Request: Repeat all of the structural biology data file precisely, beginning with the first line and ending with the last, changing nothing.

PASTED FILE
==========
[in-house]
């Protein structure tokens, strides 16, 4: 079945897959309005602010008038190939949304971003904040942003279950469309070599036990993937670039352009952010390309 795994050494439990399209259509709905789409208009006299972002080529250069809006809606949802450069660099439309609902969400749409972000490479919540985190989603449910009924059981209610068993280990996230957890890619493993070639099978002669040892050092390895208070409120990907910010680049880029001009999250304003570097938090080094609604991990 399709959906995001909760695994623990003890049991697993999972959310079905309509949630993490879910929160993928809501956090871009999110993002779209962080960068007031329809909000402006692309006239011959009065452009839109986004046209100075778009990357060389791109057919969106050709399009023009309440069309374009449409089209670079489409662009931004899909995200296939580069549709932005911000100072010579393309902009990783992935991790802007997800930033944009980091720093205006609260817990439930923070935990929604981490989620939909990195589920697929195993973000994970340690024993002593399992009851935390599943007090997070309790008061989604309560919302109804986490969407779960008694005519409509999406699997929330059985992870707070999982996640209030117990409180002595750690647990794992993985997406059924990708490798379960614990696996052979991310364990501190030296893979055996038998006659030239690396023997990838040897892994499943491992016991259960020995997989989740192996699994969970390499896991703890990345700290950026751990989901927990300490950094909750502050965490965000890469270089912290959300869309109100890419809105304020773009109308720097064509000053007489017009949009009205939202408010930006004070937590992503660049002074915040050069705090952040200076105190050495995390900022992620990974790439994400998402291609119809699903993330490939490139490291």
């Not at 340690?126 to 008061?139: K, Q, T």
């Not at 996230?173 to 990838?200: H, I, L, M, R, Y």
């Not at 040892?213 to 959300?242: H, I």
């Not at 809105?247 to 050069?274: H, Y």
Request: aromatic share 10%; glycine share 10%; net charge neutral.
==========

[in-house]
């Protein structure tokens, strides 16, 4: 079945897959309005602010008038190939949304971003904040942003279950469309070599036990993937670039352009952010390309 795994050494439990399209259509709905789409208009006299972002080529250069809006809606949802450069660099439309609902969400749409972000490479919540985190989603449910009924059981209610068993280990996230957890890619493993070639099978002669040892050092390895208070409120990907910010680049880029001009999250304003570097938090080094609604991990 399709959906995001909760695994623990003890049991697993999972959310079905309509949630993490879910929160993928809501956090871009999110993002779209962080960068007031329809909000402006692309006239011959009065452009839109986004046209100075778009990357060389791109057919969106050709399009023009309440069309374009449409089209670079489409662009931004899909995200296939580069549709932005911000100072010579393309902009990783992935991790802007997800930033944009980091720093205006609260817990439930923070935990929604981490989620939909990195589920697929195993973000994970340690024993002593399992009851935390599943007090997070309790008061989604309560919302109804986490969407779960008694005519409509999406699997929330059985992870707070999982996640209030117990409180002595750690647990794992993985997406059924990708490798379960614990696996052979991310364990501190030296893979055996038998006659030239690396023997990838040897892994499943491992016991259960020995997989989740192996699994969970390499896991703890990345700290950026751990989901927990300490950094909750502050965490965000890469270089912290959300869309109100890419809105304020773009109308720097064509000053007489017009949009009205939202408010930006004070937590992503660049002074915040050069705090952040200076105190050495995390900022992620990974790439994400998402291609119809699903993330490939490139490291």
């Not at 340690?126 to 008061?139: K, Q, T």
């Not at 996230?173 to 990838?200: H, I, L, M, R, Y």
């Not at 040892?213 to 959300?242: H, I």
């Not at 809105?247 to 050069?274: H, Y």
Request: aromatic share 10%; glycine share 10%; net charge neutral.